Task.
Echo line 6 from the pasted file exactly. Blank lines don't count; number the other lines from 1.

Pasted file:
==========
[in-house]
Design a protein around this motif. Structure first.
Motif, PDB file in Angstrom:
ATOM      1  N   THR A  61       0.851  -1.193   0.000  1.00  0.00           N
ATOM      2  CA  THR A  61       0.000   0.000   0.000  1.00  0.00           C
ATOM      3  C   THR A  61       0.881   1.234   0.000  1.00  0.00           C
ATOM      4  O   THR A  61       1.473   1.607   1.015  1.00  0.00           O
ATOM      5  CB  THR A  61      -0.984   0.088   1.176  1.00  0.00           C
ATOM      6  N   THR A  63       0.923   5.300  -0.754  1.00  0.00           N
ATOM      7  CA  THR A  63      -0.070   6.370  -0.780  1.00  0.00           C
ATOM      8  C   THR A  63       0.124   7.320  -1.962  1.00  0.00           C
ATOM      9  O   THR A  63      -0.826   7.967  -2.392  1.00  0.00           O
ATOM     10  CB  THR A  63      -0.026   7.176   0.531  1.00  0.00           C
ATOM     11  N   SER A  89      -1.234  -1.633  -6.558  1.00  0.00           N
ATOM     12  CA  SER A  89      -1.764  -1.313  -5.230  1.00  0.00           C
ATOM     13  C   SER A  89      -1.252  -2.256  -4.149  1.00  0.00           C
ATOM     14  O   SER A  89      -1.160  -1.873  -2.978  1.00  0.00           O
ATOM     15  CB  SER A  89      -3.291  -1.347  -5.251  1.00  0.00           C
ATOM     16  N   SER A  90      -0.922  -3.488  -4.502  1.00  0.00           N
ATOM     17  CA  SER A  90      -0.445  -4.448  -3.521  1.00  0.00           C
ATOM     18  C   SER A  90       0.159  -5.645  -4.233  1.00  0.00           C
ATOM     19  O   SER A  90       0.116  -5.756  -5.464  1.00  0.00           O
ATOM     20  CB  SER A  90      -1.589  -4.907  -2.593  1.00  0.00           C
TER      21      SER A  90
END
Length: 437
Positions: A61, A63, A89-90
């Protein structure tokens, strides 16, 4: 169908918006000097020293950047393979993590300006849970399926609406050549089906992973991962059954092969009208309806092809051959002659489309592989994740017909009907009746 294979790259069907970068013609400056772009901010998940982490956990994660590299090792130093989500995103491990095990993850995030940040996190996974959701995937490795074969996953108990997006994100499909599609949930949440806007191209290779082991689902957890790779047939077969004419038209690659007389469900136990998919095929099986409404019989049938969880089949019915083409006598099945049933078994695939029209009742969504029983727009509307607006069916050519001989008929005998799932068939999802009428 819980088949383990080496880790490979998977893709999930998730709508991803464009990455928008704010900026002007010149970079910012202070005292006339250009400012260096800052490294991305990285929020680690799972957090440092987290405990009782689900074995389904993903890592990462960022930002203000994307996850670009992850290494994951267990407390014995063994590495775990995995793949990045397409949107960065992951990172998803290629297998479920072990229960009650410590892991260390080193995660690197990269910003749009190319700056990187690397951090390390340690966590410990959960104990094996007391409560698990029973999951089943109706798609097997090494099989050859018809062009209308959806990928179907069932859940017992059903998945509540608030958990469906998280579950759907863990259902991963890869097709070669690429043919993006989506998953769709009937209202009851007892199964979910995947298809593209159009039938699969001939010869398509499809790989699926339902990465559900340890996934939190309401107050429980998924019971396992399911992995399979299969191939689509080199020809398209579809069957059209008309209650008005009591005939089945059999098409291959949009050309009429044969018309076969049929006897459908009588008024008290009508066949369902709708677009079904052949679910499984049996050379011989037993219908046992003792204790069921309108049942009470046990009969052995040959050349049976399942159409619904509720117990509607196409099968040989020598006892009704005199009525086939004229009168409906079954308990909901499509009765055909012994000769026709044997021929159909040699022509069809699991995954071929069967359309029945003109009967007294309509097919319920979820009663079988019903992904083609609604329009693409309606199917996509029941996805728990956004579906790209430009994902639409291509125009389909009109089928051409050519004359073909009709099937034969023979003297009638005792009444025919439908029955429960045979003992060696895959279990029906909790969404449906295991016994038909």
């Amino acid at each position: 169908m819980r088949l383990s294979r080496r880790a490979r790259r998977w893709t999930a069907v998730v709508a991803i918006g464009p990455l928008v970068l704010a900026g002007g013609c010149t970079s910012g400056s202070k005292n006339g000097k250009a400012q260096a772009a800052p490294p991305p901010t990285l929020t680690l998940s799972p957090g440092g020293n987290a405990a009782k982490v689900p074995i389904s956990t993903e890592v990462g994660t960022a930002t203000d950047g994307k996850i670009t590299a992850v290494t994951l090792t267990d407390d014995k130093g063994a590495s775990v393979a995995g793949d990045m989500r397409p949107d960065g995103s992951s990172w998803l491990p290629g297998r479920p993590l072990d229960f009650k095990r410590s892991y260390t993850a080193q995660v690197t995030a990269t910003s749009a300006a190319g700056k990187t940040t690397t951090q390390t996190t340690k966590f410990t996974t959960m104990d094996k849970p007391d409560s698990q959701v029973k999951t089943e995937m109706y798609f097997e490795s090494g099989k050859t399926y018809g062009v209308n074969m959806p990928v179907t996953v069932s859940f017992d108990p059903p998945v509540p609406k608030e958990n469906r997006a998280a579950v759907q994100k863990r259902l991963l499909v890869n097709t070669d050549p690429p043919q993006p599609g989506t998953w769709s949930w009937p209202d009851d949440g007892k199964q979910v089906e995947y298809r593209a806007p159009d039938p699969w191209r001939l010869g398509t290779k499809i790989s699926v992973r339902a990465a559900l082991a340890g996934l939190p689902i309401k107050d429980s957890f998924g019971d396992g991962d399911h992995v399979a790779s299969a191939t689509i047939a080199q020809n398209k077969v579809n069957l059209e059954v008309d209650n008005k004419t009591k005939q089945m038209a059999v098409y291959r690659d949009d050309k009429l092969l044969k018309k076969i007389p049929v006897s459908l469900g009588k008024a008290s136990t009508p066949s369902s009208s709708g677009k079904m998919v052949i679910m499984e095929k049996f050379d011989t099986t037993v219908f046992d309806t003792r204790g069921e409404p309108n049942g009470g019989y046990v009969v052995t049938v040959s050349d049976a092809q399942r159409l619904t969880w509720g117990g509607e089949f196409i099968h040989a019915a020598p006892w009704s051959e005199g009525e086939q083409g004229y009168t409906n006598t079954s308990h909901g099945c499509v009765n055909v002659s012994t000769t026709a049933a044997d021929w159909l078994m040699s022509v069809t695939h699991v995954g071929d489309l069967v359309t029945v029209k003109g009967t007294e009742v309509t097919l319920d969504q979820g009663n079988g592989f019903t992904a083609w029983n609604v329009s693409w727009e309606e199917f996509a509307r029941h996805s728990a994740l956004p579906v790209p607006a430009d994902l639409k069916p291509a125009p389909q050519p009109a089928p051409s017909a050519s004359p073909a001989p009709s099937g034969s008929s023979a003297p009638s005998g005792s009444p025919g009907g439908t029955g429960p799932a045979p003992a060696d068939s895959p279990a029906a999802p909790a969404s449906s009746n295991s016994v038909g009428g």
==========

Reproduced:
ATOM      3  C   THR A  61       0.881   1.234   0.000  1.00  0.00           C